PEPPER PIKE — Surveyors from Chagrin Valley Engineering are planning to visit about 80 homes in the city to observe the conditions of creeks in the back of the properties. City Engineer Don Sheehy said that there have been multiple severe rainstorms and the city needs to get a better handle on what is going on at private properties that may affect drainage, as well as in the right of way, which is maintained by the city.
Over the weekend of May 15-17, many Pepper Pike residents dealt with heavy rains, and Mayor Richard Bain said that his backyard flooded for the first time in more than 30 years. The Service Department received 34 flood reports from that storm and 17 streets had high water, according to Service Director Bob Girardi.
“There are many tributaries for Pepper Creek and they go throughout the city,” Mr. Sheehy said on June 18. “There are some branches of Pepper Creek where we’re doing some investigation. We’ve had overland flow issues and some flooding issues. We’re trying to do an investigation of what’s going on in backyards.”
Mr. Sheehy said that the city knows what is going on in the right of way for creeks throughout the city but does not know what obstructions there may be on private property. Some could be man-made while others could be blockages caused by debris, for example. Mr. Sheehy’s engineering firm plans to make observations and take photos.
“We’ve got to get a handle on what we think are the pinch points and what we think are the problems,” he said at the June 17 council meeting. “Then we can come up with a plan of attack and short- and long-term solutions to try to address some of these drainage issues.”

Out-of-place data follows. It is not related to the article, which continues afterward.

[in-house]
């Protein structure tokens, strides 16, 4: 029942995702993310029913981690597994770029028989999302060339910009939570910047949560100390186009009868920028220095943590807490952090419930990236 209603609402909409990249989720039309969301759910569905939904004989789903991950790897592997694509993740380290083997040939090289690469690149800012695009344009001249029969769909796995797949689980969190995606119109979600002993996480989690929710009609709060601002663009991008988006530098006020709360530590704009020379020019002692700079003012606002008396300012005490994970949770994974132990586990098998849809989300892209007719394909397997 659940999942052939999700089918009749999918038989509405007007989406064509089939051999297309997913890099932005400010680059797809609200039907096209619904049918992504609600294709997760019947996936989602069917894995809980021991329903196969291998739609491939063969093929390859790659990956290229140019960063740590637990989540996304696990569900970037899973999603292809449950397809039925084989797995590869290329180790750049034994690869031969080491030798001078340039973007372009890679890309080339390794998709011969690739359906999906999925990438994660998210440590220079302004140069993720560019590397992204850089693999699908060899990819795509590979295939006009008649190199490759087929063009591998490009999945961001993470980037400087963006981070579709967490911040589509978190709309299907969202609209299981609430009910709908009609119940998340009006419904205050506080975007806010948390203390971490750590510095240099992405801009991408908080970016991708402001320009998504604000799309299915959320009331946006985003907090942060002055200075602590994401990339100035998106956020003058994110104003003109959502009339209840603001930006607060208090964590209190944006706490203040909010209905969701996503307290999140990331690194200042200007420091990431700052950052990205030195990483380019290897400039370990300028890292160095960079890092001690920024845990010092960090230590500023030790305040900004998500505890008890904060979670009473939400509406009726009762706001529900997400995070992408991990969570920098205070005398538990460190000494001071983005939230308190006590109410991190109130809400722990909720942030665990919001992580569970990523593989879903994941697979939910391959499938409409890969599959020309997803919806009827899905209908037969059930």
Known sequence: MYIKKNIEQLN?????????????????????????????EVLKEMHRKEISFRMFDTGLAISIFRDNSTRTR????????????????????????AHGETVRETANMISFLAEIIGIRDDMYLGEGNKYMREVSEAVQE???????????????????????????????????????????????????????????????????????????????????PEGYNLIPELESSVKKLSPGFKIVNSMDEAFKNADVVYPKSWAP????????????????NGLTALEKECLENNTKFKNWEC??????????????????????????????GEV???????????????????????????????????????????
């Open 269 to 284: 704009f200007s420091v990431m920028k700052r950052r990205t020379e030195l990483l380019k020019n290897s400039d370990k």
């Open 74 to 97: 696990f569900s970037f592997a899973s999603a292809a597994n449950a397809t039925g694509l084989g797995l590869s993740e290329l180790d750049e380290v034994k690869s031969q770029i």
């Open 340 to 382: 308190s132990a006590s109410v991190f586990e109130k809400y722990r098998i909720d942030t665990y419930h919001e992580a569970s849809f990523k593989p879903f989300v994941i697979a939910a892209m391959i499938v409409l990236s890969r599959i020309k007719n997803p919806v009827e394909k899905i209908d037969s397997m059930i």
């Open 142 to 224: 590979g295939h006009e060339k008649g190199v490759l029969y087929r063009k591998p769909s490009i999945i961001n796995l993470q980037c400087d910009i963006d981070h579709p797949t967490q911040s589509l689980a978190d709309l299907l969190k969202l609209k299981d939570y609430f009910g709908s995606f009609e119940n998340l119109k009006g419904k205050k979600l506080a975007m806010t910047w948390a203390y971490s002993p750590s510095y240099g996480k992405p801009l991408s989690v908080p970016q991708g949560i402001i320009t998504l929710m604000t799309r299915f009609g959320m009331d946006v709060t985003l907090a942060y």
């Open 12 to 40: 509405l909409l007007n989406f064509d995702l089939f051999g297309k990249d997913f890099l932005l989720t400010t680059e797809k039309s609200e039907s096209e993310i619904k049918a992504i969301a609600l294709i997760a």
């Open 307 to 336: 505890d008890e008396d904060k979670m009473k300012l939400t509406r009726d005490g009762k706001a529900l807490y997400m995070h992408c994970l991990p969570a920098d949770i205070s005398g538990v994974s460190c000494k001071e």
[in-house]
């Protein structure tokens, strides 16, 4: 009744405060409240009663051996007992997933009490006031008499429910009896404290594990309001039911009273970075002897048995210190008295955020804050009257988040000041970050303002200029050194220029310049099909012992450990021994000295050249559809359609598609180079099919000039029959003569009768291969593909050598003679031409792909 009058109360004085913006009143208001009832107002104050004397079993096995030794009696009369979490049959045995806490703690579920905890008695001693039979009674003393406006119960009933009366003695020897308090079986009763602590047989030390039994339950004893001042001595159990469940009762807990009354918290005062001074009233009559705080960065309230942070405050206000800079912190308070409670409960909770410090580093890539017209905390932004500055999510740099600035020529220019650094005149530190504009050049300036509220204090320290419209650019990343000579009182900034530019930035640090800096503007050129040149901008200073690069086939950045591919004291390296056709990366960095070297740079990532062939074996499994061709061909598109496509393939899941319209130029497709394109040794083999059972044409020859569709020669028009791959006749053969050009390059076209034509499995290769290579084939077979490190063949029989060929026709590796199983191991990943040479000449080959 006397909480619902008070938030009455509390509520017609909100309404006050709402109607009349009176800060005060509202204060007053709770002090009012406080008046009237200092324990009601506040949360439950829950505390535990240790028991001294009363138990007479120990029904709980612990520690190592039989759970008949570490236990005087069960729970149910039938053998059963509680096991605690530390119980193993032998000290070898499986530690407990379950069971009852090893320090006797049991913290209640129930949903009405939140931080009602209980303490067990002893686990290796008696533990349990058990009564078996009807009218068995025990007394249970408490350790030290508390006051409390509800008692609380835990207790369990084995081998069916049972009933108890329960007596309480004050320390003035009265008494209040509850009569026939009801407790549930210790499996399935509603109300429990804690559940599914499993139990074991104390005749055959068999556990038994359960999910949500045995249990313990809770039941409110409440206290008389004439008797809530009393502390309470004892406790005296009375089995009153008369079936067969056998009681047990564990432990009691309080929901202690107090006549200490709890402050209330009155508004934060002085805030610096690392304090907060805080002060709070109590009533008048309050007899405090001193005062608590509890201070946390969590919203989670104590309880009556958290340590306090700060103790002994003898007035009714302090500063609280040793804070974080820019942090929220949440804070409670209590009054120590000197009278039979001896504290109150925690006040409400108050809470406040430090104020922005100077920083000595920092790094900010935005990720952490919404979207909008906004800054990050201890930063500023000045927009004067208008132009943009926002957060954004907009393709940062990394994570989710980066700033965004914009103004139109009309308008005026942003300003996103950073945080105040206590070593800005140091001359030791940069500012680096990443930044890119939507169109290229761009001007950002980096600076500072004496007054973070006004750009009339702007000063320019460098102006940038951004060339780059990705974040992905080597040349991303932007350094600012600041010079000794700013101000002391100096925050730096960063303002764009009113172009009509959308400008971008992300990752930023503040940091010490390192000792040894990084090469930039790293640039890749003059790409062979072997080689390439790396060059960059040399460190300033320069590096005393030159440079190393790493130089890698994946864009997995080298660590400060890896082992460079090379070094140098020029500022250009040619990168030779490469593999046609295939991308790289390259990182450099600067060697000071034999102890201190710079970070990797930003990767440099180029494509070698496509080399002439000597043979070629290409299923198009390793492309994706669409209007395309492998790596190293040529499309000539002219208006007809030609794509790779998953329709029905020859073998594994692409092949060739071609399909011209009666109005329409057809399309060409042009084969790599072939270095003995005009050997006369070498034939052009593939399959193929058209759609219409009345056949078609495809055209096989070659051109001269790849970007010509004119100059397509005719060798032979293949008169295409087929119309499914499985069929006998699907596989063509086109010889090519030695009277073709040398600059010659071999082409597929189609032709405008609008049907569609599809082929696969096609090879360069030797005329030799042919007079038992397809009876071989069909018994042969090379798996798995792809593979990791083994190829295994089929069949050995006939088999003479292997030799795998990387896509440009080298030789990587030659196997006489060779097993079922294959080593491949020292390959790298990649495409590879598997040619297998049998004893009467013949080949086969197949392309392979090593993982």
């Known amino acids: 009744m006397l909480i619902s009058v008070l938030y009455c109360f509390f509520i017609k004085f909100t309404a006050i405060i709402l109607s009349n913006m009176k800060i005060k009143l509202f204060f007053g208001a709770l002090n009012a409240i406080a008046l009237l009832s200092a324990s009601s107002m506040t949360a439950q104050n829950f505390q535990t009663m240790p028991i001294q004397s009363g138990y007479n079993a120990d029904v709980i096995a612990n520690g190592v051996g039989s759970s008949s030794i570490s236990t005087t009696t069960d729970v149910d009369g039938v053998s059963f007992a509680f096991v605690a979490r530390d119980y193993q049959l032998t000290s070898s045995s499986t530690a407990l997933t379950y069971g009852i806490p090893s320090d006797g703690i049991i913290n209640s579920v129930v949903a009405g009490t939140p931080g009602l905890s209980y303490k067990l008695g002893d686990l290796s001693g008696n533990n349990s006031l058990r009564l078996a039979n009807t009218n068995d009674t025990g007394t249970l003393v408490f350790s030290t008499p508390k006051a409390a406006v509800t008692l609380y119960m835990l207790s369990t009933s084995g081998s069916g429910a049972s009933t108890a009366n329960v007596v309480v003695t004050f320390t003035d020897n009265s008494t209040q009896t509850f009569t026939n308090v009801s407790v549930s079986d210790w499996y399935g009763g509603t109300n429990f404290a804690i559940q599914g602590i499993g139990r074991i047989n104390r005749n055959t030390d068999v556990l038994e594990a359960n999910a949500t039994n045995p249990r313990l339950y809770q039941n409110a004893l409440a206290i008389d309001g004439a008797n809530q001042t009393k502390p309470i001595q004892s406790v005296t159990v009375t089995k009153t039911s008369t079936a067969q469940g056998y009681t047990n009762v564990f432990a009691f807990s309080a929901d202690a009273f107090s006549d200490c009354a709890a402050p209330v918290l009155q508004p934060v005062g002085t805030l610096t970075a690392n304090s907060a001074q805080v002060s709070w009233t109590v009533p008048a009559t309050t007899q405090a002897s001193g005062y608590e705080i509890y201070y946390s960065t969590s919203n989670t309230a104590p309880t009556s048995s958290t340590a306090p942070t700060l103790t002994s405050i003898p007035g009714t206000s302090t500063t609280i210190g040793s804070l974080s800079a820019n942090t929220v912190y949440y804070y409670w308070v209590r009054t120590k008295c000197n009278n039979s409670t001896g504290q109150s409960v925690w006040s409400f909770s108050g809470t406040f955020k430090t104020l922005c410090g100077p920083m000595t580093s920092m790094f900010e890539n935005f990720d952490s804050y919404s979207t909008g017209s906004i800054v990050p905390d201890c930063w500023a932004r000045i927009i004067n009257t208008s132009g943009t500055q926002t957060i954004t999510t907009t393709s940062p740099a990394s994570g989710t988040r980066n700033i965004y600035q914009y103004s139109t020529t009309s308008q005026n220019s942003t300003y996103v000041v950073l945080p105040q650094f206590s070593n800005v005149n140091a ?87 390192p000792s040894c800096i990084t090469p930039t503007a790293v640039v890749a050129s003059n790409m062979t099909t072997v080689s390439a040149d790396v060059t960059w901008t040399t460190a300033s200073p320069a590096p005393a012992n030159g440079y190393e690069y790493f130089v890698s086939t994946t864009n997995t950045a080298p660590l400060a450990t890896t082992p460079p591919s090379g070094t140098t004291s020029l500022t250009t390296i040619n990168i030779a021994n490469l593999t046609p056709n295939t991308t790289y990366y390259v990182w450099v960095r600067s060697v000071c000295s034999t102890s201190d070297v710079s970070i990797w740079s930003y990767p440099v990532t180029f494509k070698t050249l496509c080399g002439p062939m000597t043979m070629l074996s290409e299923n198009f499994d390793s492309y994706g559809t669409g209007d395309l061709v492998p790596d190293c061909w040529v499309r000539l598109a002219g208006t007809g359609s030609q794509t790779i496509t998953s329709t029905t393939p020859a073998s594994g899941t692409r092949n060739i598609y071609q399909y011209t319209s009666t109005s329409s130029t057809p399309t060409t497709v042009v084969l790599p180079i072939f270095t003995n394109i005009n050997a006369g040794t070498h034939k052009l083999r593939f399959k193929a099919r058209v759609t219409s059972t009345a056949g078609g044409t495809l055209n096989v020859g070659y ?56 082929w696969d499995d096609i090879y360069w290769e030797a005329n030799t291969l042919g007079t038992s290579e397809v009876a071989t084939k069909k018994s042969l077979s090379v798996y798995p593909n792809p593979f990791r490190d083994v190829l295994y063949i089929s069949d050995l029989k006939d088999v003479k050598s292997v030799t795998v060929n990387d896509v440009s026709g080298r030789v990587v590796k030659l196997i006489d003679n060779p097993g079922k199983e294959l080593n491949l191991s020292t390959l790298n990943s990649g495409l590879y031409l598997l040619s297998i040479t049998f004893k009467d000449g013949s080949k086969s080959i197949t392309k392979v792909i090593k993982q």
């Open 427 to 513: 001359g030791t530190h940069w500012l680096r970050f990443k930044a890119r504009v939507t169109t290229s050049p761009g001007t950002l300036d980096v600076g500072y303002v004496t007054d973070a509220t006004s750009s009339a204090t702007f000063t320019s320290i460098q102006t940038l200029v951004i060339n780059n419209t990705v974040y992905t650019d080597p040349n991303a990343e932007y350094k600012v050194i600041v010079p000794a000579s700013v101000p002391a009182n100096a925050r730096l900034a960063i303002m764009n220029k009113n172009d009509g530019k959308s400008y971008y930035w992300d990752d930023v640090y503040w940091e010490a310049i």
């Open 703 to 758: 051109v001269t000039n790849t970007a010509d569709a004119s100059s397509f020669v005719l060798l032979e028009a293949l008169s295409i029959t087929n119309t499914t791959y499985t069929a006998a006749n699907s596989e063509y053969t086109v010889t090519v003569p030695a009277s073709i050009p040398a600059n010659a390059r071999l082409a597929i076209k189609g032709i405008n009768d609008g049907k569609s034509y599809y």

Mayor Bain described this as an “information gathering exercise.” After a heavy rain, city employees hear about which residents had issues with flooding. The mayor said that it seemed like there were large stretches of several streets with overland flooding. Sometimes there could be a structural problem, but other times it could be coming from the back of the property.
“That’s why we have undertaken this first step to at least understand where the creeks are, how they may have moved over time and are they causing some new problem that we’re not really comprehending,” he said.
Mr. Sheehy said that residents can let the city know if they have concerns about the surveyors coming to their property, but he expects that residents will be pleased as the city is working to solve flooding issues. Surveyors have already started their work in the right of way.